I missed it first time around, so consider this a belated chance to read Matt Santori-Griffith’s essay connecting Jeff Lemire’s Sweet Tooth and Jack Kirby’s Kamandi in terms of apocalyptic anthropomorphism:
It’s only in Jepperd’s conscionable return to rescue Gus — and Gus’s own brush with the necessity of violence to save his friend’s life — that we begin to experience human (or hybrid) nature as it truly is. Good and evil are a choice we make in the world, and no one’s inherent character is decided by their genetic make-up or species. But while it may be in our power to make that choice, the consequence of choosing a world of violence has repercussions that remain unavoidable. As the remaining humans become more and more desperate to destroy Gus and his friends, the inevitability of their deserved demise becomes ever more clear. If Kamandi is a parable of man’s ability to conquer his own destiny, Sweet Tooth may very well be that of man’s ability to seal it.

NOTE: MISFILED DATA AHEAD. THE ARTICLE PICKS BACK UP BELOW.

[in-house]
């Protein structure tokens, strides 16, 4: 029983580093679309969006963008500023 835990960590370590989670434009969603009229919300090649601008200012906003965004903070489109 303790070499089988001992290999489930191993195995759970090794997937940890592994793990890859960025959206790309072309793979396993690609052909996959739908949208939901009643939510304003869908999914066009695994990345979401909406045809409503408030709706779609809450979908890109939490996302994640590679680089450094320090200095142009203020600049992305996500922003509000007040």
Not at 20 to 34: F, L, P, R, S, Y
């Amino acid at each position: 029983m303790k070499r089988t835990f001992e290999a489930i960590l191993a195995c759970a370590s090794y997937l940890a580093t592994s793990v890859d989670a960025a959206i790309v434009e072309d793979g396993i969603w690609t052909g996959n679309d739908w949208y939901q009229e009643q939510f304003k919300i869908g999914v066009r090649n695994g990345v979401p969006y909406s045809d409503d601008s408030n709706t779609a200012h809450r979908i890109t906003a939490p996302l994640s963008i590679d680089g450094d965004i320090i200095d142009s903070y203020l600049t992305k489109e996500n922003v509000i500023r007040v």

I’d never made the connection between the two projects before, but once you read this, it seems especially obvious. Go check it out.